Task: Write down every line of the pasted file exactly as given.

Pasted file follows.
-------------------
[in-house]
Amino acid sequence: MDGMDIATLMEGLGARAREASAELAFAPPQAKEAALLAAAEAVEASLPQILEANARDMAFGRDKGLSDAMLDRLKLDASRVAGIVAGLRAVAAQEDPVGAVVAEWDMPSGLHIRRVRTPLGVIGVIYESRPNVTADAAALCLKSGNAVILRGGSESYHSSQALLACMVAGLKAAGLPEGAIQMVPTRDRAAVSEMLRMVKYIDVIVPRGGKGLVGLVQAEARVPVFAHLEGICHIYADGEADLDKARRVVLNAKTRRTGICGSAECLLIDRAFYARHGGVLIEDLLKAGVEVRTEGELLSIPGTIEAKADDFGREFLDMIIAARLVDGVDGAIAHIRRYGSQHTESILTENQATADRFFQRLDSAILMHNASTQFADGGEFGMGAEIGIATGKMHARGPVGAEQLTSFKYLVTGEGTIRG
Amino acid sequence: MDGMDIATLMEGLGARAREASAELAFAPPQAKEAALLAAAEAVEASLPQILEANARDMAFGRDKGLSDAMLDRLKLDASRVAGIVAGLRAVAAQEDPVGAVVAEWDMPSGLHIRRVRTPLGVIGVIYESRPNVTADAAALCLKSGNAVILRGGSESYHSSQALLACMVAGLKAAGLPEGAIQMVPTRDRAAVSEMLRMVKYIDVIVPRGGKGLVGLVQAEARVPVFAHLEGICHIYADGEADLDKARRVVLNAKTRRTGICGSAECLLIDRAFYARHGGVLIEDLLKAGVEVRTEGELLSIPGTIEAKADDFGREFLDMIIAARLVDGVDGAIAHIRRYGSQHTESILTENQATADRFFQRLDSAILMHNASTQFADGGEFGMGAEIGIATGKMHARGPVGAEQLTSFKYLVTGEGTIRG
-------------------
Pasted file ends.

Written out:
[in-house]
Amino acid sequence: MDGMDIATLMEGLGARAREASAELAFAPPQAKEAALLAAAEAVEASLPQILEANARDMAFGRDKGLSDAMLDRLKLDASRVAGIVAGLRAVAAQEDPVGAVVAEWDMPSGLHIRRVRTPLGVIGVIYESRPNVTADAAALCLKSGNAVILRGGSESYHSSQALLACMVAGLKAAGLPEGAIQMVPTRDRAAVSEMLRMVKYIDVIVPRGGKGLVGLVQAEARVPVFAHLEGICHIYADGEADLDKARRVVLNAKTRRTGICGSAECLLIDRAFYARHGGVLIEDLLKAGVEVRTEGELLSIPGTIEAKADDFGREFLDMIIAARLVDGVDGAIAHIRRYGSQHTESILTENQATADRFFQRLDSAILMHNASTQFADGGEFGMGAEIGIATGKMHARGPVGAEQLTSFKYLVTGEGTIRG
Amino acid sequence: MDGMDIATLMEGLGARAREASAELAFAPPQAKEAALLAAAEAVEASLPQILEANARDMAFGRDKGLSDAMLDRLKLDASRVAGIVAGLRAVAAQEDPVGAVVAEWDMPSGLHIRRVRTPLGVIGVIYESRPNVTADAAALCLKSGNAVILRGGSESYHSSQALLACMVAGLKAAGLPEGAIQMVPTRDRAAVSEMLRMVKYIDVIVPRGGKGLVGLVQAEARVPVFAHLEGICHIYADGEADLDKARRVVLNAKTRRTGICGSAECLLIDRAFYARHGGVLIEDLLKAGVEVRTEGELLSIPGTIEAKADDFGREFLDMIIAARLVDGVDGAIAHIRRYGSQHTESILTENQATADRFFQRLDSAILMHNASTQFADGGEFGMGAEIGIATGKMHARGPVGAEQLTSFKYLVTGEGTIRG